Kaohsiung, March 30 (CNA) The Metal Industries Research & Development Centre (MIRDC) , a nonprofit organization based in Kaohsiung, said Monday that it has invited three of Taiwan’s top engineering companies to form alliance to develop large wind turbine

MIRDC Chairman Huang Chi-chuan disclosed that the alliance will include Tatung Co., Shihlin Electric & Engineering Corp. and Far East Machinery Co.

“We will develop related facilities to produce Taiwan’s first locally made large wind turbine with a capacity of 2,500 kilowatts within four years,” he said.

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According to Huang, the wind turbines produced under this research program will not only help Taiwan harness its abundant wind power resources, but can also be sold to other countries hoping to make use of renewable energy sources.

Chang Mao-sheng, an engineer at the MIRDC, said the center’s ambitious project — unprecedented in Taiwan — intends to develop wind turbines with rotor diameters measuring 86 meters and each aerodynamically designed blade weighing about six metric tons.

Chang said the MIRDC will have no problems with the development, manufacturing and installation of the wind turbine, or with its safe operation and maintenance.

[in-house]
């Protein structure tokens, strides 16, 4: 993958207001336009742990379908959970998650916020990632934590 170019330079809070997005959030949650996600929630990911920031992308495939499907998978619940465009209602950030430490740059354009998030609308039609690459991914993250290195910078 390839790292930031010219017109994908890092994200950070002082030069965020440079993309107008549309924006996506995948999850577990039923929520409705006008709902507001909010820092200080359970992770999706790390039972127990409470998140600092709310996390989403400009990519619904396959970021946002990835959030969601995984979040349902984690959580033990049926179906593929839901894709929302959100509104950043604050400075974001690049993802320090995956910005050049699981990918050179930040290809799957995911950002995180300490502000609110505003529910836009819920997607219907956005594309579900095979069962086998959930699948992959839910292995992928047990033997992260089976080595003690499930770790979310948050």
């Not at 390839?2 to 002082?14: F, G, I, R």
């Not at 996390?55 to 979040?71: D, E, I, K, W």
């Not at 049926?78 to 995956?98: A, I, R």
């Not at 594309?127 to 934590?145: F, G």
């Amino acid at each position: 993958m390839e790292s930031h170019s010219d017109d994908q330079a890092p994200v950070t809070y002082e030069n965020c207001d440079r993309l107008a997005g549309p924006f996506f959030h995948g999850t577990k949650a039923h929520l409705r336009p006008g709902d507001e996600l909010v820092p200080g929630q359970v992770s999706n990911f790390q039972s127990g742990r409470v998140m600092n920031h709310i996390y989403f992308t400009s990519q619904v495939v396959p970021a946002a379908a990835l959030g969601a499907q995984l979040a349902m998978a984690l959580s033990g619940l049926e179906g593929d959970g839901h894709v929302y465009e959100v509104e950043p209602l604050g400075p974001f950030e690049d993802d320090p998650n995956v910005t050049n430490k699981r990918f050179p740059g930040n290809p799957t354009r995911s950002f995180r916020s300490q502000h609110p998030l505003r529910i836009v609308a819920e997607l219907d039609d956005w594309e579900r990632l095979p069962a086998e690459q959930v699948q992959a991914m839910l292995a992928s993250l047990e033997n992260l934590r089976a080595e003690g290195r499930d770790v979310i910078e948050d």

The new wind turbines will be designed to lock the blades automatically when wind speeds reach 70 meters per second, or 252 kilometers per hour.

Taiwan’s coastal areas are ideal for the development of wind power because they have strong northwesterly winds for six months each year, with an average wind speed of five to six meters per second, or 18-22 kph.

State-run Taiwan Power Co. (Taipower) is currently implementing a 10-year wind power development plan under which more than 200 wind turbines will be built by 2010, with a total capacity of 300 megawatts.

Most of the wind turbines have an individual capacity of between 500 and 600 kilowatts, with the latest models capable of generating 2,000 kilowatts.

Taipower has also mapped out a second 10-year development plan spanning 2010 to 2020 that would place 546 wind turbines with a total capacity of nearly 2,000 megawatts in shallow waters off Taiwan’s west coast and Penghu, an island chain west of Taiwan renowned for its strong winds all year round.

The electricity generated by 176 units in Penghu will be transmitted to Taiwan through a 40-km undersea cable. The other 370 units will be established 10 to 15 km off the coast of Changhua and Yunlin counties, according to Taipower.

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